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Liquor Issues

by Danielle Sweeney2:16 pmJan 10, 20150

Still saddled with paper records, Liquor Board asked for audit extension

Executive secretary requested delay because “many of our processes remain paper based”

Above: Reform at the Baltimore Liquor Board is a work in progress.

While the Liquor Board became a more engaged and accountable agency in 2014, new staff and appointments have only taken the agency so far in achieving its reform goals.

That’s one conclusion from Michelle Bailey-Hedgepeth’s report to the state joint audit committee, in which she asked for a one-year audit extension.

Bailey-Hedgepeth, the board’s executive secretary, told the committee in a letter that “issues that are tied to automation improvements are still under way and will not be completed until summer 2015.”

She requested that the audit – scheduled for October of 2014, but delayed – be further postponed until October 2015 “because many of our processes remain paper-based.”

On December 9, Bailey-Hedgepeth presented the committee with a progress report detailing her reasons for requesting the delay. She told The Brew in a later interview that her agency needed more time to get “computer upgrades in place.”

Most Goals “in Progress”

The progress report indicates that the board has completed 9 of its 24 reform goals. The remainder were “in progress.”

Asked to comment on the board’s progress, Rebecca Lundberg Witt, an attorney with the Community Law Center, and the center’s Booze News blogger, said she was “underwhelmed.”

“I think it’s amazing that they have only completed [a small number] of the 24 goals. It’s been almost two years,” Witt said, referring to the highly critical March 2013 audit released by the Department of Legislative Services. That report characterized the agency as technologically backward, opaque, and lacking procedures to function properly.

Witt characterized the progress since then as modest.

“It’s really the minimal of what you would expect at this point,” she said, adding “Michelle, however, has only been in place since June.”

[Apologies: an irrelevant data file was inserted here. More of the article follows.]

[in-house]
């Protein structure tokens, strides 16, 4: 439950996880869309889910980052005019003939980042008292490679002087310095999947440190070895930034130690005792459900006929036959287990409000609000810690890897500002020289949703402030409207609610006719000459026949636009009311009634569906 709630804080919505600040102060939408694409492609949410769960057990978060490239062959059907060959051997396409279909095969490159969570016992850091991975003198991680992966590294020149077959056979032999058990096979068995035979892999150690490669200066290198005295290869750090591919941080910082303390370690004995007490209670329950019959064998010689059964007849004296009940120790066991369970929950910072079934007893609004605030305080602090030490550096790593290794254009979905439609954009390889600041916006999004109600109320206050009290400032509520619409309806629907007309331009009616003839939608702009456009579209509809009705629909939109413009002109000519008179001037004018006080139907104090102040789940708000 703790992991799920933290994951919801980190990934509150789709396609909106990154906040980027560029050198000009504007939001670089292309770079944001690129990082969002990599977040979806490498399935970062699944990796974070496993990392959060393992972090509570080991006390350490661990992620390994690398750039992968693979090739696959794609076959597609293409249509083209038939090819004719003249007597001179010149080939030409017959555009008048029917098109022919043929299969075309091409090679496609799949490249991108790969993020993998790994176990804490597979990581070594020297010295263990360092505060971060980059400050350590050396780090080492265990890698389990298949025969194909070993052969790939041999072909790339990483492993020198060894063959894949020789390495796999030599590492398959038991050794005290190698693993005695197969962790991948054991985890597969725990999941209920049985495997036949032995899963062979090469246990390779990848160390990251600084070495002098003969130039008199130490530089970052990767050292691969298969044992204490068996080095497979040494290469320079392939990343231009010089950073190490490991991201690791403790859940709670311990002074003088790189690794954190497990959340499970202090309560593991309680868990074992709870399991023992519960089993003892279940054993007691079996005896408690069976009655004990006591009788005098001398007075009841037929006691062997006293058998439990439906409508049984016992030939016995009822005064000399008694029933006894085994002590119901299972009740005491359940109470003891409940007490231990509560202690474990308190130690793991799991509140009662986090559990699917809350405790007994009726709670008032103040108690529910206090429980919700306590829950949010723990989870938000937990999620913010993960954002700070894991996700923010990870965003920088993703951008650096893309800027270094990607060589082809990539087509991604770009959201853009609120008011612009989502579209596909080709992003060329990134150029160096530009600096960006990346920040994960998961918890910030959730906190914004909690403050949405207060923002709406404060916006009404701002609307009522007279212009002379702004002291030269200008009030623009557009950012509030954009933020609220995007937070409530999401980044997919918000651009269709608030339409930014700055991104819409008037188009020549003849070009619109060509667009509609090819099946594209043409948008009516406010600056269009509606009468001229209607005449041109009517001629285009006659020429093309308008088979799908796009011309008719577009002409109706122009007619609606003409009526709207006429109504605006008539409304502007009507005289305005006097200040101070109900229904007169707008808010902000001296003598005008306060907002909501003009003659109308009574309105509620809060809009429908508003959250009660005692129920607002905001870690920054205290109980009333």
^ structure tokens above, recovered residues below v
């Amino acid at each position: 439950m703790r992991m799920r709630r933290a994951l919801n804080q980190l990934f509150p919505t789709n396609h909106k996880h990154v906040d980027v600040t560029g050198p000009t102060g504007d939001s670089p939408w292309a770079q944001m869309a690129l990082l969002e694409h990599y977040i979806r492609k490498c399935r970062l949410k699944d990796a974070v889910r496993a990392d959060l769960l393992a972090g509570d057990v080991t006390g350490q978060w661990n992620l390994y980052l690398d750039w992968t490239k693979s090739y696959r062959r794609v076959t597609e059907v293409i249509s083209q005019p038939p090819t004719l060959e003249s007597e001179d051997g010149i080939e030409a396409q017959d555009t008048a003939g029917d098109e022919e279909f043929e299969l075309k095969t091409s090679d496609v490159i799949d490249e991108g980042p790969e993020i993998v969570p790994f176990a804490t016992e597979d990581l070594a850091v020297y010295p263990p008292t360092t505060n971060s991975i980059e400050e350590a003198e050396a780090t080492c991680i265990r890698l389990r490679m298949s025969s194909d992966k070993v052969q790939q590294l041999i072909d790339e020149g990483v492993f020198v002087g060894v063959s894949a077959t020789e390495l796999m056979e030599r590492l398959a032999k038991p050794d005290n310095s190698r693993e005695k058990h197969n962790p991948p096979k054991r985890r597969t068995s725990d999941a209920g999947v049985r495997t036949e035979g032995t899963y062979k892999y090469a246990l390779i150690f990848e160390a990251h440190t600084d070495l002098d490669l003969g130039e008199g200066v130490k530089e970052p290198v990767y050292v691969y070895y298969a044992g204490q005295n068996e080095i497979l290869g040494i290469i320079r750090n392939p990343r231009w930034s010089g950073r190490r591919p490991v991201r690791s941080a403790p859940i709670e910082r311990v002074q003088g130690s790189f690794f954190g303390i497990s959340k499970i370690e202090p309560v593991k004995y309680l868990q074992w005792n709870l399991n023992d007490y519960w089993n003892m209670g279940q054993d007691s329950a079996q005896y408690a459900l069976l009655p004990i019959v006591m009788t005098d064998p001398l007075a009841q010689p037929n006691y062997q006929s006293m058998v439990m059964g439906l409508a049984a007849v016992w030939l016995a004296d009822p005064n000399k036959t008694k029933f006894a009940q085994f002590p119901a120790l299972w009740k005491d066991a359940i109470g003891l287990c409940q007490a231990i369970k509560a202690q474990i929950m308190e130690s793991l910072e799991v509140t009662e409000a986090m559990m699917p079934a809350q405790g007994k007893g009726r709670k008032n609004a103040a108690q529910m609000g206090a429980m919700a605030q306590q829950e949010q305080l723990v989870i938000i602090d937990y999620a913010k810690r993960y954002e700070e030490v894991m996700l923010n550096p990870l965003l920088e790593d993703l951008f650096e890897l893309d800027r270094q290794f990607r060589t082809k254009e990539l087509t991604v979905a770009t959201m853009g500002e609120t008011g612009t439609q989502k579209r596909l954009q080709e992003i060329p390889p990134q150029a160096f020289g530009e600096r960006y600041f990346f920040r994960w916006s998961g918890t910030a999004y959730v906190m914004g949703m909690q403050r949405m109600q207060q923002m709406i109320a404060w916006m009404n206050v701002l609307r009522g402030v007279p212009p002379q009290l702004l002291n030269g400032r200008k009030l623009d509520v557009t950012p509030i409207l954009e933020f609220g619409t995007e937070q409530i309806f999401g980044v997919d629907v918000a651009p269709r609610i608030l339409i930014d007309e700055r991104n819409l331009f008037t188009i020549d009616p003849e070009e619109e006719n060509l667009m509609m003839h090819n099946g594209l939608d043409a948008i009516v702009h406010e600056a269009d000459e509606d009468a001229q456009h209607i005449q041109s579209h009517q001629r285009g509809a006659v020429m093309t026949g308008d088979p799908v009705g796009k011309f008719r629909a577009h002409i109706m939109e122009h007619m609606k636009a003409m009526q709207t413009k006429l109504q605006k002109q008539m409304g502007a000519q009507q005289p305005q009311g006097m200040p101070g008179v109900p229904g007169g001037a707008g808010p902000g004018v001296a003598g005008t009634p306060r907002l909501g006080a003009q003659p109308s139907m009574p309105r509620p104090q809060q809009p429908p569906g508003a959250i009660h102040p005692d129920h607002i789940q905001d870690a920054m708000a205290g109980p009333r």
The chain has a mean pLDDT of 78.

Bailey-Hedgepeth has led the implementation of the reforms, and only last month hired a deputy executive secretary and new chief inspector.

“I think the board’s staffing issues have caused the biggest delay,” Witt said.

On Track to Digitize, Post Records By Summer?

Bailey-Hedgepeth maintains that the board is still on track to meet its state-mandated goal of digitizing all its records and posting them online by July 1 of 2015.

The board is “working toward the July deadline with the Mayor’s Office of Information Technology,” she said.

Witt said not all Maryland counties’ liquor boards are fully digitized, but she knows that “Baltimore County has been way ahead of Baltimore City for some time.”

In fact, the board has yet to post a copy of the progress report on its web site. Bailey-Hedgepeth says with the site’s current format, there is no place to put it.

Nor does it post the outcomes of its hearings, or have a Facebook or Twitter account. (The previous chairman, Stephan W. Fogleman, tweeted hearing results from his personal account.) The city’s cable 25 CharmTV has been regularly posting videos of Liquor Board hearings.

Bailey-Hedgepeth promises that the board will soon be making progress on the technology front. “We will have a new web page with a section devoted to the audit, as well as details on our progress.”

In the meantime, copies of the audit progress report are available by calling the Liquor Board at (410) 396-4377.

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